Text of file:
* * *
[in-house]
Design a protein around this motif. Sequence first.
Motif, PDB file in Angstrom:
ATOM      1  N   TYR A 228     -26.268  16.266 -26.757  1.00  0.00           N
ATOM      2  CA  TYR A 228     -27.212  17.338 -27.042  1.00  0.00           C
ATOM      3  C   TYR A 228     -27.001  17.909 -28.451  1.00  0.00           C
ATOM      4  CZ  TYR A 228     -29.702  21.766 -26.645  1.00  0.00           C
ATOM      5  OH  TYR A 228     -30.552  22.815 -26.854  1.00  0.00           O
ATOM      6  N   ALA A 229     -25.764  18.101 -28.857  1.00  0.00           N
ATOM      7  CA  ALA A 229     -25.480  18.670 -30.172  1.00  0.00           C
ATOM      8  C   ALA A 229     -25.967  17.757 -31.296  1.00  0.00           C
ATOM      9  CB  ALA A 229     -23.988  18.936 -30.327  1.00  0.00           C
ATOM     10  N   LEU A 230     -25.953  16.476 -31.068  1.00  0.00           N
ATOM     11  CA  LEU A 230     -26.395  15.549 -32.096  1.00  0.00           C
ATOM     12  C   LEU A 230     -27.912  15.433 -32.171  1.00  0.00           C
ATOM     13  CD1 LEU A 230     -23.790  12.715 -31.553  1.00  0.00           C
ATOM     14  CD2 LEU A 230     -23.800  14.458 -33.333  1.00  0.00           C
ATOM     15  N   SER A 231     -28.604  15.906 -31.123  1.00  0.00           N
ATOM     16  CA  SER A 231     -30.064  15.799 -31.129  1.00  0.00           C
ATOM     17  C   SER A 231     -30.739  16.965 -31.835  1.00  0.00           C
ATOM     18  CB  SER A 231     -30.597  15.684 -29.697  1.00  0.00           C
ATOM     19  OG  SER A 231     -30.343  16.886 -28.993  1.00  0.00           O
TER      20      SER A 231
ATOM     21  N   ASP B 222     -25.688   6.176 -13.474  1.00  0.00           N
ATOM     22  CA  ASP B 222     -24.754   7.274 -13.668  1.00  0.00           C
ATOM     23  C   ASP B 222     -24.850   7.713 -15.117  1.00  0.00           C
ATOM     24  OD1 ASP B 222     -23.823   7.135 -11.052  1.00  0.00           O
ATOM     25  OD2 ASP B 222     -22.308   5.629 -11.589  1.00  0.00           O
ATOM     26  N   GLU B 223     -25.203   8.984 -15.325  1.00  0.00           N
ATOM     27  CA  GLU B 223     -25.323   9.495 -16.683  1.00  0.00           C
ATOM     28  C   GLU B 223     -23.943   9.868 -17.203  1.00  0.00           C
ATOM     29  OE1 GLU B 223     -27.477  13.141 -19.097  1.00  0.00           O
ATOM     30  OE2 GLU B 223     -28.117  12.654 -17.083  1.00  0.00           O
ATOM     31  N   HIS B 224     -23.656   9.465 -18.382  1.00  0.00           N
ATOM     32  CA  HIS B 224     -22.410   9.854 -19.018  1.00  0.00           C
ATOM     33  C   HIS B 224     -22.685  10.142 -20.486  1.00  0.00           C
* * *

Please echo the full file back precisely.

[in-house]
Design a protein around this motif. Sequence first.
Motif, PDB file in Angstrom:
ATOM      1  N   TYR A 228     -26.268  16.266 -26.757  1.00  0.00           N
ATOM      2  CA  TYR A 228     -27.212  17.338 -27.042  1.00  0.00           C
ATOM      3  C   TYR A 228     -27.001  17.909 -28.451  1.00  0.00           C
ATOM      4  CZ  TYR A 228     -29.702  21.766 -26.645  1.00  0.00           C
ATOM      5  OH  TYR A 228     -30.552  22.815 -26.854  1.00  0.00           O
ATOM      6  N   ALA A 229     -25.764  18.101 -28.857  1.00  0.00           N
ATOM      7  CA  ALA A 229     -25.480  18.670 -30.172  1.00  0.00           C
ATOM      8  C   ALA A 229     -25.967  17.757 -31.296  1.00  0.00           C
ATOM      9  CB  ALA A 229     -23.988  18.936 -30.327  1.00  0.00           C
ATOM     10  N   LEU A 230     -25.953  16.476 -31.068  1.00  0.00           N
ATOM     11  CA  LEU A 230     -26.395  15.549 -32.096  1.00  0.00           C
ATOM     12  C   LEU A 230     -27.912  15.433 -32.171  1.00  0.00           C
ATOM     13  CD1 LEU A 230     -23.790  12.715 -31.553  1.00  0.00           C
ATOM     14  CD2 LEU A 230     -23.800  14.458 -33.333  1.00  0.00           C
ATOM     15  N   SER A 231     -28.604  15.906 -31.123  1.00  0.00           N
ATOM     16  CA  SER A 231     -30.064  15.799 -31.129  1.00  0.00           C
ATOM     17  C   SER A 231     -30.739  16.965 -31.835  1.00  0.00           C
ATOM     18  CB  SER A 231     -30.597  15.684 -29.697  1.00  0.00           C
ATOM     19  OG  SER A 231     -30.343  16.886 -28.993  1.00  0.00           O
TER      20      SER A 231
ATOM     21  N   ASP B 222     -25.688   6.176 -13.474  1.00  0.00           N
ATOM     22  CA  ASP B 222     -24.754   7.274 -13.668  1.00  0.00           C
ATOM     23  C   ASP B 222     -24.850   7.713 -15.117  1.00  0.00           C
ATOM     24  OD1 ASP B 222     -23.823   7.135 -11.052  1.00  0.00           O
ATOM     25  OD2 ASP B 222     -22.308   5.629 -11.589  1.00  0.00           O
ATOM     26  N   GLU B 223     -25.203   8.984 -15.325  1.00  0.00           N
ATOM     27  CA  GLU B 223     -25.323   9.495 -16.683  1.00  0.00           C
ATOM     28  C   GLU B 223     -23.943   9.868 -17.203  1.00  0.00           C
ATOM     29  OE1 GLU B 223     -27.477  13.141 -19.097  1.00  0.00           O
ATOM     30  OE2 GLU B 223     -28.117  12.654 -17.083  1.00  0.00           O
ATOM     31  N   HIS B 224     -23.656   9.465 -18.382  1.00  0.00           N
ATOM     32  CA  HIS B 224     -22.410   9.854 -19.018  1.00  0.00           C
ATOM     33  C   HIS B 224     -22.685  10.142 -20.486  1.00  0.00           C